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Title: Essay on International Transmission of Shocks
Keywords: shock transmission, structural VAR, structural oil shocks, financial contagion, modified garch-in-dcc model
Issue Date: 19-Jul-2010
Citation: YAN TONGJI (2010-07-19). Essay on International Transmission of Shocks. ScholarBank@NUS Repository.
Abstract: This thesis is composed of three essays on international transmission of shocks. The first chapter examines international linkages of a set of key macroeconomic variables in a multi-variable multi-country setting. A multi-variable cointegrating structural VAR model is constructed using trade matrices developed by Abeysinghe (1999) and Abeysinghe and Forbes (2001). We include in the model a set of key macroeconomic variables, namely real GDP, CPI, equity price, interest rate and exchange rate for ASEAN countries and their major trading partners. Structural impulse responses are derived to study various international transmission effects of different economic and financial shocks. Interestingly, we find the international transmission of real shocks such as GDP shock is not as strong as what is expected in some literature. In most cases, foreign shocks will be swamped by the shock originated within that country. On the other hand, financial shocks can be transmitted to other countries rapidly and the impacts are quite substantial. The finding also confirms that the US plays a prominent role in the international propagation of shocks to ASEAN countries, while the Philippines are the most isolated country in the region. The second chapter investigates how different types of structural oil shocks affect the GDP growth of different economies directly and indirectly. We first decompose oil-price changes into three structural shocks, namely oil-supply shocks, aggregate demand shocks and oil-specific demand shocks by modifying Kilian (2007)?s structural VAR model. We then incorporate the structural oil shocks into Abeysinghe (2001)?s structural VARX model to examine the direct and indirect effects of various oil shocks on the GDP growth. A set of 12 economies including ASEAN-4 (Indonesia, Malaysia, the Philippines and Thailand), NIE-4 (South Korea, Hong Kong, Singapore, Taiwan), China, Japan, USA, and the rest of OECD as one country are selected for study. It is found that different structural oil shocks have strikingly different effects on the GDP growth, and the indirect effect of an oil shock through trading partners plays a very important role in the economic growth. In the third chapter, we propose a new testing methodology for contagion under the consideration of the relationship between time-varying volatility and correlation. To capture the volatility effects on correlations, we develop a GARCH-in-DCC model based on Engle?s (2002) dynamic conditional correlation (DCC) model. Empirical results show that the model is able to better capture the dynamics in conditional correlation. The LR test confirms that the GARCH-in-DCC model performs better than standard DCC model in most cases. We then modify the proposed GARCH-in-DCC model and apply it to test for contagion during the 1997 Hong Kong stock market crash. Our testing results are compared with the results from traditional test.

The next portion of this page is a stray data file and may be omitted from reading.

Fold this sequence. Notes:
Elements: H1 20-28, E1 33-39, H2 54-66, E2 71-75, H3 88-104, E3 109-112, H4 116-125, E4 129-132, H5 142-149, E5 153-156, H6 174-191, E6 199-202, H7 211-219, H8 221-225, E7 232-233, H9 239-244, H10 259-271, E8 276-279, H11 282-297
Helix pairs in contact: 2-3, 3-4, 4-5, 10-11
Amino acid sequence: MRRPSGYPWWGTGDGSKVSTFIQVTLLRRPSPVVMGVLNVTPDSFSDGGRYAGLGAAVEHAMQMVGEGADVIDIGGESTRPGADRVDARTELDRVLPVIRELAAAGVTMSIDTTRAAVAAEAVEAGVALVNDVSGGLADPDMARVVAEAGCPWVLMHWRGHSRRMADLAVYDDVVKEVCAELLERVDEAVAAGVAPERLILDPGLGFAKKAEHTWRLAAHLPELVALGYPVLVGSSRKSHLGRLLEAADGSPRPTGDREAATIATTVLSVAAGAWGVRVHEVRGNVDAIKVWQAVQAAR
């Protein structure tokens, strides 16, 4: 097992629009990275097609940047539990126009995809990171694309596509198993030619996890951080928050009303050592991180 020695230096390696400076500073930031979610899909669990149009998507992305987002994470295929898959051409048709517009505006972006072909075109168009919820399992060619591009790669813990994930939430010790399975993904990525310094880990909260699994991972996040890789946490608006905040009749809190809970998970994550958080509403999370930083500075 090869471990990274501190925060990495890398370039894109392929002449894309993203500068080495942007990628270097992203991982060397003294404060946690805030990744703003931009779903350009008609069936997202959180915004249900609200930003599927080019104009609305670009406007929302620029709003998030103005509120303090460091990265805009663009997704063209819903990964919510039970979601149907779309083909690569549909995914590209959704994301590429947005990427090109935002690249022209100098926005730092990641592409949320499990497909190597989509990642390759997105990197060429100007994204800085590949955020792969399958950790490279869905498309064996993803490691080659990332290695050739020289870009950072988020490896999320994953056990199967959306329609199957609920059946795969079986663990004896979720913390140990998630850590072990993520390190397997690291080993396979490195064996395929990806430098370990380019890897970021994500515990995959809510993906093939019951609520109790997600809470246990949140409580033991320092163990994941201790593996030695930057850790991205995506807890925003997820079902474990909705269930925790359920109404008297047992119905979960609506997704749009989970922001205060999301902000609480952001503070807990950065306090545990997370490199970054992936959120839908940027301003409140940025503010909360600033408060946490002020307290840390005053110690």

Appears in Collections:Ph.D Theses (Open)

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